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Voices From The Trial Over George Floyd's Killing


This city is reliving a traumatic summer through the trial of Derek Chauvin. He's the white former Minneapolis police officer accused of murdering George Floyd, a Black man, last May. Floyd's death was, of course, the spark that ignited global protests and a national reckoning with racism and police brutality that continues to this day. So we want to begin the program today with some of the intensely emotional testimony heard so far at the trial.

The witnesses this week were all called by the prosecution as it builds the case for a conviction. Chauvin's defense team will have their turn later on. Among the most stirring moments on the stand came from Darnella Frazier, now 18. It was her cell phone video posted online of Floyd's arrest and killing that was seen by millions.


DARNELLA FRAZIER: It's been nights I've stayed up apologizing and apologizing to George Floyd for not doing more and not physically interacting and not saving his life. But it's, like - it's not what I should have done. It's what he should have done.

FADEL: He meaning then-officer Derek Chauvin, who prosecutors said pinned Floyd's neck to the ground with his knee for nine minutes and 29 seconds. Another witness at the scene that day, 61-year-old Charles McMillian, broke down in tears while watching footage of Floyd struggling to breathe and calling out for his mother.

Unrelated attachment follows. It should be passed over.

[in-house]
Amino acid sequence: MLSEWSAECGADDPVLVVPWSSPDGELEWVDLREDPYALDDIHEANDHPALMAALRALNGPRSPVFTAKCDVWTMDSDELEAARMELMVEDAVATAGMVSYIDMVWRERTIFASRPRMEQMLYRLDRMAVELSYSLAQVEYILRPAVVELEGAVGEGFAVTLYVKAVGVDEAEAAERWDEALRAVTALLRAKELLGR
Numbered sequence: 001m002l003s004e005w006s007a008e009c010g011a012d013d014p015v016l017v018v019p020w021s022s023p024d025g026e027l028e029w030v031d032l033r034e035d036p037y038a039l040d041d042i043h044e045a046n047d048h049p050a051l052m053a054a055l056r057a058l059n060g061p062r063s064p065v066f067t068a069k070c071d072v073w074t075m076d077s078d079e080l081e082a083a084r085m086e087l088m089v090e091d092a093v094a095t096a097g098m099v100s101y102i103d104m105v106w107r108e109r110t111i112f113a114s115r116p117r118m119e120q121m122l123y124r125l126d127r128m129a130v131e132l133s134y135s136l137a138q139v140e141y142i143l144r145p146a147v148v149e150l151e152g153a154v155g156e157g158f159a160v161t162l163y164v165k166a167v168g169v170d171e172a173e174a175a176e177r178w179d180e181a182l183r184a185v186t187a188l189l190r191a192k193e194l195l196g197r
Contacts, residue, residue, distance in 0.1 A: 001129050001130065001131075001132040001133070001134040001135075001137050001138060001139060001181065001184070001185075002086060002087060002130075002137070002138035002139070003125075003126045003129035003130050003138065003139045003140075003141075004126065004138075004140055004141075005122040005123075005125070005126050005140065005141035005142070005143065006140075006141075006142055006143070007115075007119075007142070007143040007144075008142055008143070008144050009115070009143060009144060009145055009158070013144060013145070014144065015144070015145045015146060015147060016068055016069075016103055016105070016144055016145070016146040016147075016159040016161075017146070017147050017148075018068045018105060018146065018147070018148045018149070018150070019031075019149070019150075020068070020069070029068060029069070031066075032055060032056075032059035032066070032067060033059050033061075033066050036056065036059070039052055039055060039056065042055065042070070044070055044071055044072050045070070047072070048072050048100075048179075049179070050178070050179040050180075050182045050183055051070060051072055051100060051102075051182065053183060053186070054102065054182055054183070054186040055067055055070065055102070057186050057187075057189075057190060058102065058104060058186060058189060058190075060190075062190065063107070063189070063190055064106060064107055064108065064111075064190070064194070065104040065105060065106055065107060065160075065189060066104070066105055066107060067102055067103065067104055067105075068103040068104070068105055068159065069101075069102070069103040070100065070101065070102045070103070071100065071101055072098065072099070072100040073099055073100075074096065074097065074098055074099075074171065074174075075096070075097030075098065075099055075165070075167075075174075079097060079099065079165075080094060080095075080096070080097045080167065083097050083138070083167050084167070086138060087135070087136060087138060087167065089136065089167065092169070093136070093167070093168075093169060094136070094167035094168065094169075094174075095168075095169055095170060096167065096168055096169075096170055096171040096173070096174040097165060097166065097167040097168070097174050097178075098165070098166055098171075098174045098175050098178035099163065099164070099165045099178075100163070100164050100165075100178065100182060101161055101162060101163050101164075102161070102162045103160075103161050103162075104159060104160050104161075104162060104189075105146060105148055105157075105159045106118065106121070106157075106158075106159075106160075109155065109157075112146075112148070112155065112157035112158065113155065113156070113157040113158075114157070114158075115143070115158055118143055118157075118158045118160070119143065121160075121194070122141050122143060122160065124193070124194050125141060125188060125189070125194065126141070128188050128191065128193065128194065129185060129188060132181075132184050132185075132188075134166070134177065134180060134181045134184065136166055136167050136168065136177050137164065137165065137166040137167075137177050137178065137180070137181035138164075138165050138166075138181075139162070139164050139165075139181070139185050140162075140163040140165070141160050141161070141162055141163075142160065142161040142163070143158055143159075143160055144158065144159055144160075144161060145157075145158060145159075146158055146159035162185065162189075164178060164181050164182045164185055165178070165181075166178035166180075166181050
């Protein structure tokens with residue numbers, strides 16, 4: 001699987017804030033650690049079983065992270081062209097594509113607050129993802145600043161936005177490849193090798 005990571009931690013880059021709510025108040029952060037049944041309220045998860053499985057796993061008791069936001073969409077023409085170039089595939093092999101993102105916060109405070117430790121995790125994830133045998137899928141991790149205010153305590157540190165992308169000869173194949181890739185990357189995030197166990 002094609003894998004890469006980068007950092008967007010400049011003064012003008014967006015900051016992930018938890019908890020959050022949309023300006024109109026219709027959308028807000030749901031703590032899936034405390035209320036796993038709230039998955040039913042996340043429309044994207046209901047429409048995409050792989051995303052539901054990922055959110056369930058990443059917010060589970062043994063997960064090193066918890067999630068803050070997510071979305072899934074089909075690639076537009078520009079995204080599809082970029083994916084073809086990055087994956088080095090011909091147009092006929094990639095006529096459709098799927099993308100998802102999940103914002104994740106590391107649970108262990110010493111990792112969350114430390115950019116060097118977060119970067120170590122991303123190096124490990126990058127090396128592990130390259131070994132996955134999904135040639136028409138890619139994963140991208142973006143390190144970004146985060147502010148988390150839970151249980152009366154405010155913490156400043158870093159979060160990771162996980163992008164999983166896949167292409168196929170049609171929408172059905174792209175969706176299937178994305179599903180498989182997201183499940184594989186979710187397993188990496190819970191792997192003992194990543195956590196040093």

CHARLES MCMILLIAN: I feel helpless. I don't have a mama either. I understand him.

FADEL: George Floyd's girlfriend, Courteney Ross, took the stand as well and choked up throughout her testimony. She cried as she remembered their relationship and the moment they met.


COURTENEY ROSS: I was so tired. We'd been through so much, my sons and I. And this kind person just to come up to me and say, can I pray with you when I felt alone in this lobby - it was so sweet.

FADEL: Over and over again, the prosecutors played videos of George Floyd's last moments from every angle, a member of his family in court each day, listening, watching, reliving their loved one's death. And at the end of the week, the police began to testify against its own, a rare occurrence. The most senior officer in the Minneapolis Police Department, Lieutenant Richard Zimmerman, called Chauvin's use of force while restraining Floyd, quote, "totally unnecessary."


RICHARD ZIMMERMAN: Pulling him down to the ground face-down and putting your knee on the neck for that amount of time - it's just uncalled for. I saw no reason why the officers felt they were in danger, if that's what they felt. Transcript provided by NPR, Copyright NPR.